Evolving Experience in The Management of Empyema Thoracis
Empyema thoracis a disease of significant morbidity and mortality, especially in the developing world. However, the optimal management of empyema thoracis remains controversial.
To analyse evolving experience in clinical presentation, management, outcome and factors contributing to adverse morbidity in empyema thoracis.
This is hospital based retrospective study of patients who were diagnosed with empyema thoracis in cardiothoracic and vascular surgery (CTVS) unit, Bir Hospital, Kathmandu, Nepal over a period of one year (July 2009 to June 2010). A total of forty-six adult cases were categorized into two treatment groups: (i) thoracotomy for decortication (ii) segmentectomy, lobectomy and redo-thoracotomy for pneumonectomy. The median duration of illness prior to hospital admission was compared. The presence of loculated pleural fluid determined the need for thoracotomy.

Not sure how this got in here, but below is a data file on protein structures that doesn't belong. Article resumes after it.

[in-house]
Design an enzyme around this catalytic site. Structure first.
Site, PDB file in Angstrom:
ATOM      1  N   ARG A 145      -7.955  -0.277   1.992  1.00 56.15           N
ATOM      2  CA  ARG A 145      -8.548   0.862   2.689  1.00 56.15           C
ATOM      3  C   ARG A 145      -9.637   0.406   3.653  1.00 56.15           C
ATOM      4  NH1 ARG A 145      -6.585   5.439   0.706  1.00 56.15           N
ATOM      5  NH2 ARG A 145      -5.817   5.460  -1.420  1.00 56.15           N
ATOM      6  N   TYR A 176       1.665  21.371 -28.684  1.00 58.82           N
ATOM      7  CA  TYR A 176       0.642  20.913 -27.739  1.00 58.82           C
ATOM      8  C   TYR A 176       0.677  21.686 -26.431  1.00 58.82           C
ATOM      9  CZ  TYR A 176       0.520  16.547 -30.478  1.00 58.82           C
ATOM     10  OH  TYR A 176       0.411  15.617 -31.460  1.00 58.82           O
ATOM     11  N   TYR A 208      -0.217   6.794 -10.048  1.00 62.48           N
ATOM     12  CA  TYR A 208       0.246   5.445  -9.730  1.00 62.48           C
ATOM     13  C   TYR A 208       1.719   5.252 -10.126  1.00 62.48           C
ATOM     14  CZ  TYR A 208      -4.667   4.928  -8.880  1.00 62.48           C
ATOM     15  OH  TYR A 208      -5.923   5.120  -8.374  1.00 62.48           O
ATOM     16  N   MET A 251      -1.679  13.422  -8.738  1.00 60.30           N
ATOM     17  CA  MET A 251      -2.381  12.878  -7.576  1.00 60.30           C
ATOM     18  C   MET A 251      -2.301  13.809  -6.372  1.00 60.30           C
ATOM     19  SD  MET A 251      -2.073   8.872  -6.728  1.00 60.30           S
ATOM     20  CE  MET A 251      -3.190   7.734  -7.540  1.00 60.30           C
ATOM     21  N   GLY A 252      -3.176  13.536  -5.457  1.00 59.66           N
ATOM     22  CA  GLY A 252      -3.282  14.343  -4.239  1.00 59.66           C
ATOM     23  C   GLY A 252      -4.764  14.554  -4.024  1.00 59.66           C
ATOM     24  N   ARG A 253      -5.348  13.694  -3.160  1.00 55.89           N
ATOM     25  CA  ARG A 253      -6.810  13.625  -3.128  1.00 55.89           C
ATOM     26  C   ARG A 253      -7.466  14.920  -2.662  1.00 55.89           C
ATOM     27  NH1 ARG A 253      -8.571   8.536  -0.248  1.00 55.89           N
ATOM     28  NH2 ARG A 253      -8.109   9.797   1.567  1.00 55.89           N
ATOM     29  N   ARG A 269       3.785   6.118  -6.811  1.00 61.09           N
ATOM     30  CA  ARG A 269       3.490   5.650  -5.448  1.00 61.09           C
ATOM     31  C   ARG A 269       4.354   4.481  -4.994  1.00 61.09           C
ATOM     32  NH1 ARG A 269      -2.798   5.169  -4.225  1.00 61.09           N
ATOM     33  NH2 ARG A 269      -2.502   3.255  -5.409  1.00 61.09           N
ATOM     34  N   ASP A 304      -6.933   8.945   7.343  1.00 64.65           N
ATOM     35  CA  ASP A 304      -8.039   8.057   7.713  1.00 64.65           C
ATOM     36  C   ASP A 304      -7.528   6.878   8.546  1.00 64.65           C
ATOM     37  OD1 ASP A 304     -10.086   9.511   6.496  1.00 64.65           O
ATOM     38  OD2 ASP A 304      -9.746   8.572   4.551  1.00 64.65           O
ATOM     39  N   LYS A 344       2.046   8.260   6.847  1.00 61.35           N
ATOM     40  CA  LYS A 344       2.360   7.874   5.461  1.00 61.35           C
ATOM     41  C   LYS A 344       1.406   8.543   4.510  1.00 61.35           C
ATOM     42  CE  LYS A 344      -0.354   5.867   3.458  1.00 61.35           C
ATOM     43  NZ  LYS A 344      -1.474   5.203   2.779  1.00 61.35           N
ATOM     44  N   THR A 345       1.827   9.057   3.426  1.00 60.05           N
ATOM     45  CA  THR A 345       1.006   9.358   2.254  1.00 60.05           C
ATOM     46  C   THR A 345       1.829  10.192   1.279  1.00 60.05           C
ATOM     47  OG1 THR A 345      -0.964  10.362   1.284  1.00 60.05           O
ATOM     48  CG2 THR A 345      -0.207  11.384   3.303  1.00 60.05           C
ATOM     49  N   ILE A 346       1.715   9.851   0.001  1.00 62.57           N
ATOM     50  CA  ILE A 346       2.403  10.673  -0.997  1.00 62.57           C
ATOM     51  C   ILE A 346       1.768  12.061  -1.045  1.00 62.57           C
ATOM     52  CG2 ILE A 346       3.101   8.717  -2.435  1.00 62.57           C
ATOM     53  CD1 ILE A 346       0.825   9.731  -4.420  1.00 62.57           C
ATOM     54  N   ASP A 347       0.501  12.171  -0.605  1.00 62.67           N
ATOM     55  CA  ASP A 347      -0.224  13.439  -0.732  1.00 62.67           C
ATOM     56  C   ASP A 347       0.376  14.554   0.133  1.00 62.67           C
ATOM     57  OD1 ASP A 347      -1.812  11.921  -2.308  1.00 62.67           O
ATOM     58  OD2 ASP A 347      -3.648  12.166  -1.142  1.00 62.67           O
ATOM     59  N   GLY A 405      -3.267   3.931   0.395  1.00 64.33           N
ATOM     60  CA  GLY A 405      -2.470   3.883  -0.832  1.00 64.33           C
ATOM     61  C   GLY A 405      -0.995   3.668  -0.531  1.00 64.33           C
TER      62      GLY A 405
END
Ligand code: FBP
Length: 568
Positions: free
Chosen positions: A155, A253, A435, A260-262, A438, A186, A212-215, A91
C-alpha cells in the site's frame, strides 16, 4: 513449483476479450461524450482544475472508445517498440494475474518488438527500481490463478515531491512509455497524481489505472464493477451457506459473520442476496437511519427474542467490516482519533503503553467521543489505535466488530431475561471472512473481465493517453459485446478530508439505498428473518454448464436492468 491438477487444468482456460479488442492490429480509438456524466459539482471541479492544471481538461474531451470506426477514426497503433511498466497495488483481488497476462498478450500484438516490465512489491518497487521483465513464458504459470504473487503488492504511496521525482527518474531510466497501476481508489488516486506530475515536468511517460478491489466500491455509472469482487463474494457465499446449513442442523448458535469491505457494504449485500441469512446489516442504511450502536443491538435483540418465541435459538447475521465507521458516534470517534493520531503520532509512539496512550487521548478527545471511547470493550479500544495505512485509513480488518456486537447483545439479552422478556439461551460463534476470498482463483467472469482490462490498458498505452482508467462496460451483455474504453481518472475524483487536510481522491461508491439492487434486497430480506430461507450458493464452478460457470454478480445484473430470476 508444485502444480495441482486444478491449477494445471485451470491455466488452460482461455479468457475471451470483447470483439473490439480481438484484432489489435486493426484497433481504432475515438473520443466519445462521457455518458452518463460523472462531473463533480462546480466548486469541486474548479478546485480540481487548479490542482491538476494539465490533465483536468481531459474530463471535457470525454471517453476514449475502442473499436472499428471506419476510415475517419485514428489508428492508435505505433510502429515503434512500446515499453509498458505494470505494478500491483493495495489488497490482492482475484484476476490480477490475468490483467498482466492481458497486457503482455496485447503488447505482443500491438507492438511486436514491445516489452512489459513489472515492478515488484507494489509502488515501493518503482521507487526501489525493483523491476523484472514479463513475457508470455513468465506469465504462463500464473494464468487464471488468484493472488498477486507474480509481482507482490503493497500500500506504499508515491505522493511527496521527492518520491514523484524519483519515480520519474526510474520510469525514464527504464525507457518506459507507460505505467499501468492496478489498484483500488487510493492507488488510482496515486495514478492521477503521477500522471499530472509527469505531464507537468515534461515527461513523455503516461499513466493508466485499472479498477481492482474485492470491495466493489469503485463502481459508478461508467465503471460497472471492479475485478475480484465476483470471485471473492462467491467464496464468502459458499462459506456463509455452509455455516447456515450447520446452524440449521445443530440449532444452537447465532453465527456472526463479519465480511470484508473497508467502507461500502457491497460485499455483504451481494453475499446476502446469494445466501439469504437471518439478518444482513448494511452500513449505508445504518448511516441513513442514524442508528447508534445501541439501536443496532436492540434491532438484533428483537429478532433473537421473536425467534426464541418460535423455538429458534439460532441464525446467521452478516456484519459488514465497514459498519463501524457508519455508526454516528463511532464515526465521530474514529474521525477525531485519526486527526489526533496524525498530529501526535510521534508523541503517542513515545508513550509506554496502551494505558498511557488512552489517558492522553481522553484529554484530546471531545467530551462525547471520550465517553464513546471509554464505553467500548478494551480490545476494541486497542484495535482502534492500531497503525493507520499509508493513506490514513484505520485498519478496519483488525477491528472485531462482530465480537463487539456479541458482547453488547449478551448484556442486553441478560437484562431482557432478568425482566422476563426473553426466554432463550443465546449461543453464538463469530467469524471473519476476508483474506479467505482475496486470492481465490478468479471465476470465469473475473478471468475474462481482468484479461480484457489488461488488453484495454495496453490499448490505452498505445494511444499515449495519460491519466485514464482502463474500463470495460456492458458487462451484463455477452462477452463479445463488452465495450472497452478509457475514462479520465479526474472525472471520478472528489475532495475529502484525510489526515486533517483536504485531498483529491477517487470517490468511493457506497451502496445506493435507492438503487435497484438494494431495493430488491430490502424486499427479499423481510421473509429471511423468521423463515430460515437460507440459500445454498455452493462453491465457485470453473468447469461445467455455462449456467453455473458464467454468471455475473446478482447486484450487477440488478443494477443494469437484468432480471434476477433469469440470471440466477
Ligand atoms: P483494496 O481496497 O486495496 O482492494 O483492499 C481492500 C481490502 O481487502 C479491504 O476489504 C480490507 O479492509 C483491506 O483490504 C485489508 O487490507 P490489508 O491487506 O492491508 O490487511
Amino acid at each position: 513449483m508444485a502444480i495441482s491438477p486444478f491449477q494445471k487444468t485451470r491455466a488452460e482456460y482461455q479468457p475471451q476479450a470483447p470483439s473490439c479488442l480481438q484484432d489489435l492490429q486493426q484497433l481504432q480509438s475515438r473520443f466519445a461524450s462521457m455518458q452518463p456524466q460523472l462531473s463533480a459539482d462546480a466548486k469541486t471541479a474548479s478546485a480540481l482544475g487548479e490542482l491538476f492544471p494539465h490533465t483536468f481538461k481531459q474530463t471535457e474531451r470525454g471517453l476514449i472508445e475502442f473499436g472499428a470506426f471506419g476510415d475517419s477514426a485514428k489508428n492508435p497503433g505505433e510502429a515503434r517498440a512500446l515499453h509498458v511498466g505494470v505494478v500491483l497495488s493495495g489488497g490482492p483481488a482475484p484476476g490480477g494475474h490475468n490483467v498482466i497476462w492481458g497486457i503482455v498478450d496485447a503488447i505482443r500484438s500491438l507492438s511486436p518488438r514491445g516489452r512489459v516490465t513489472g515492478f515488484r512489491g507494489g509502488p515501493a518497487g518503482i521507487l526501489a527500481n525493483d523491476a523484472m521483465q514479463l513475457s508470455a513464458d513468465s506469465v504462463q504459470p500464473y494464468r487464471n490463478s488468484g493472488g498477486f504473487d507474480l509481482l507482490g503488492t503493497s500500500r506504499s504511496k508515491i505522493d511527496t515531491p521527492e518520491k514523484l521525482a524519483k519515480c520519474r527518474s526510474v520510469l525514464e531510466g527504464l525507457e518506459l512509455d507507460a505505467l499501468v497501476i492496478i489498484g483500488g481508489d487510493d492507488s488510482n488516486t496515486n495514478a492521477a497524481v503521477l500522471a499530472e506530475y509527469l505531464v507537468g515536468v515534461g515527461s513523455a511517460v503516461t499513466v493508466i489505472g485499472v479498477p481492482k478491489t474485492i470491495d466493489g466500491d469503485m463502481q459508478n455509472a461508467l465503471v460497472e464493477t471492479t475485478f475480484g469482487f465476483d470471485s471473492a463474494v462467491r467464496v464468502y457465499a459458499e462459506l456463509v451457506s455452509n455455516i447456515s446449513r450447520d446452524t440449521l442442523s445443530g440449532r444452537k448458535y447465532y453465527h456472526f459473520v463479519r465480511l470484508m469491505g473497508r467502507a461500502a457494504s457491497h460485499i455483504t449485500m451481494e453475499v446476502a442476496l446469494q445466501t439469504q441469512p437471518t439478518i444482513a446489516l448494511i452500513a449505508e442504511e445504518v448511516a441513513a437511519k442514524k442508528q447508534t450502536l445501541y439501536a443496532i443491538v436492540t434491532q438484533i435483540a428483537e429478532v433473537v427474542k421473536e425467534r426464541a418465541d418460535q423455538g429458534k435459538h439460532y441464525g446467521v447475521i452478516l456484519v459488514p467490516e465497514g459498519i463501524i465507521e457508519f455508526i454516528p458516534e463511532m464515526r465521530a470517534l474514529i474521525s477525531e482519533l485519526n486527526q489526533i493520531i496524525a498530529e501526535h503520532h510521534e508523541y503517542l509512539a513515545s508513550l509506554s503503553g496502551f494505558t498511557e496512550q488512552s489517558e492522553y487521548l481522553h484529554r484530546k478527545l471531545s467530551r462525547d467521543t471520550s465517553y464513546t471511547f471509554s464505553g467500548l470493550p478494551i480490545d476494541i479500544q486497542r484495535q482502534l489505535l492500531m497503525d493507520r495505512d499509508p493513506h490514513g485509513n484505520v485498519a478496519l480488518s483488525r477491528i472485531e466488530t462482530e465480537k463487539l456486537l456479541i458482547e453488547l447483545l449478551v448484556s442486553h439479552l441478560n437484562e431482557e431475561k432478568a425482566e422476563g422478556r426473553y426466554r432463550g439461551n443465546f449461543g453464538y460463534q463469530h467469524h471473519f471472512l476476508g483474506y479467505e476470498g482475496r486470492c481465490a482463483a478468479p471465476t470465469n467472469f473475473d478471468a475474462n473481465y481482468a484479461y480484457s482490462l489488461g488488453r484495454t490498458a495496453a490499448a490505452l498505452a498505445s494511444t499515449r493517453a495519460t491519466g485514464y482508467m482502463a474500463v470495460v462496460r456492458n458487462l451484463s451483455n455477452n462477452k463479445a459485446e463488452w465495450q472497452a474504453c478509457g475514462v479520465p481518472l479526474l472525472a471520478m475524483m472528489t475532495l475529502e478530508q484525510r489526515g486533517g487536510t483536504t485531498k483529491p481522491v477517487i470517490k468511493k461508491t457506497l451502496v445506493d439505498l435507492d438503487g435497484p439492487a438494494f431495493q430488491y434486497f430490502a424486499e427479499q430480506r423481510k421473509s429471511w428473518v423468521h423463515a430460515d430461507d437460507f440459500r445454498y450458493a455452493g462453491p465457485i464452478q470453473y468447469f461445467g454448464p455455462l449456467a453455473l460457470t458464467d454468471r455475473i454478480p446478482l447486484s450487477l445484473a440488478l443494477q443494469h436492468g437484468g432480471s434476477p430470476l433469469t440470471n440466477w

Out of forty-six cases, twenty- nine (63.04%) who had early thoracotomy (<22 days) had prompt symptomatic recovery. Forteen out of seventeen (82.35%) of the patients who were initially treated with thoracocentesis or tube thoracostomy eventually needed thoracotomy. There was a positive shift in management towards early thoracotomy resulting in prompt symptomatic recovery. Significant complications were noted in eight patients who had delayed thoracotomy. Complications included recurrent empyema with lung abscess (n = 3), restrictive lung disease (n = 3), bronchopleural fistula (n = 1) and scoliosis (n=1).
Early thoracotomy and decortication was found to be an excellent surgical procedure with good functional results and high patient satisfaction rate.
Kathmandu Univ Med J 2011;9(1):5-7